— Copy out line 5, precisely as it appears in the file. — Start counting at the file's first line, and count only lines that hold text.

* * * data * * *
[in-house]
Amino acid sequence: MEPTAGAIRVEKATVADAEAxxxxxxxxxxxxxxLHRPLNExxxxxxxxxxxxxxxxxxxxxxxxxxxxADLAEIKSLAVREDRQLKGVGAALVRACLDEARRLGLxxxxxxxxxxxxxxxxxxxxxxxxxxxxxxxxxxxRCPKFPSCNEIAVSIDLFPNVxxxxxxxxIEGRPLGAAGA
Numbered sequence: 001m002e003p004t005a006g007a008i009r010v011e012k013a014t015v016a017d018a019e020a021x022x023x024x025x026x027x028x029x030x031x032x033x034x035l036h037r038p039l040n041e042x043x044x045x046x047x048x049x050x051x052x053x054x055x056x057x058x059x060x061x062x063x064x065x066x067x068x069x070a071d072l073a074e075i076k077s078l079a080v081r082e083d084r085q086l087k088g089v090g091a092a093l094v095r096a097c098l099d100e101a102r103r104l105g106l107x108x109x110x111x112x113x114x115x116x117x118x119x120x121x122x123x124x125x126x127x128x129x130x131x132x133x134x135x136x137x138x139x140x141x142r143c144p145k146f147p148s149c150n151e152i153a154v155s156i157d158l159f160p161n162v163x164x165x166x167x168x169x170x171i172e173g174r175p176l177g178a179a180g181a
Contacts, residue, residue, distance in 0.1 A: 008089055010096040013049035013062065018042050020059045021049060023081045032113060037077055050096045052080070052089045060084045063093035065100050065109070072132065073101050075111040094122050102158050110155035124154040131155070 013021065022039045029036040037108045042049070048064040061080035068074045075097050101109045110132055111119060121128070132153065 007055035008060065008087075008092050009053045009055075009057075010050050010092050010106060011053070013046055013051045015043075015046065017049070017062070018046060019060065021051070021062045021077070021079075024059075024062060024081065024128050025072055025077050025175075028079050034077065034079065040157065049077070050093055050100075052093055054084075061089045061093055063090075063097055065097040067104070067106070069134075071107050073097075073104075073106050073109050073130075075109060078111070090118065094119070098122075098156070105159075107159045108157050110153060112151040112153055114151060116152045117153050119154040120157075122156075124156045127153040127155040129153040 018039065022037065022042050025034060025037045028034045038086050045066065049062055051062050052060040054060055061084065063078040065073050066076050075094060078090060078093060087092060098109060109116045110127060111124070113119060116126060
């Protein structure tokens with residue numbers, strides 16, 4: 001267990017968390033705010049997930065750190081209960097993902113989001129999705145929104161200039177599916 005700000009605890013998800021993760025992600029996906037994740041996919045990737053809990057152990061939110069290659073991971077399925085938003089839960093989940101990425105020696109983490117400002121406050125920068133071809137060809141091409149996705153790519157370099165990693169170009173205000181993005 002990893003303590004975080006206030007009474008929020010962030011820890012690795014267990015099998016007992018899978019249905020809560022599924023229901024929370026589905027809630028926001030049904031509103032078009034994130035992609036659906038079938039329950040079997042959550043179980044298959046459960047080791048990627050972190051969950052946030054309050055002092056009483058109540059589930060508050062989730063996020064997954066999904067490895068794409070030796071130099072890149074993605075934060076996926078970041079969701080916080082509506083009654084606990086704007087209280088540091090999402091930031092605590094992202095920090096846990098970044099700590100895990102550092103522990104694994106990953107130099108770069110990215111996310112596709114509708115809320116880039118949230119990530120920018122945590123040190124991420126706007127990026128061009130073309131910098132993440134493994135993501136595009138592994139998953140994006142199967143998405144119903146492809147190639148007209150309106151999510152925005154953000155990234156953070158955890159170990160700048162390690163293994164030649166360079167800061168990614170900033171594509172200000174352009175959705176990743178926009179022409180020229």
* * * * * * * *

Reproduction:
């Protein structure tokens with residue numbers, strides 16, 4: 001267990017968390033705010049997930065750190081209960097993902113989001129999705145929104161200039177599916 005700000009605890013998800021993760025992600029996906037994740041996919045990737053809990057152990061939110069290659073991971077399925085938003089839960093989940101990425105020696109983490117400002121406050125920068133071809137060809141091409149996705153790519157370099165990693169170009173205000181993005 002990893003303590004975080006206030007009474008929020010962030011820890012690795014267990015099998016007992018899978019249905020809560022599924023229901024929370026589905027809630028926001030049904031509103032078009034994130035992609036659906038079938039329950040079997042959550043179980044298959046459960047080791048990627050972190051969950052946030054309050055002092056009483058109540059589930060508050062989730063996020064997954066999904067490895068794409070030796071130099072890149074993605075934060076996926078970041079969701080916080082509506083009654084606990086704007087209280088540091090999402091930031092605590094992202095920090096846990098970044099700590100895990102550092103522990104694994106990953107130099108770069110990215111996310112596709114509708115809320116880039118949230119990530120920018122945590123040190124991420126706007127990026128061009130073309131910098132993440134493994135993501136595009138592994139998953140994006142199967143998405144119903146492809147190639148007209150309106151999510152925005154953000155990234156953070158955890159170990160700048162390690163293994164030649166360079167800061168990614170900033171594509172200000174352009175959705176990743178926009179022409180020229």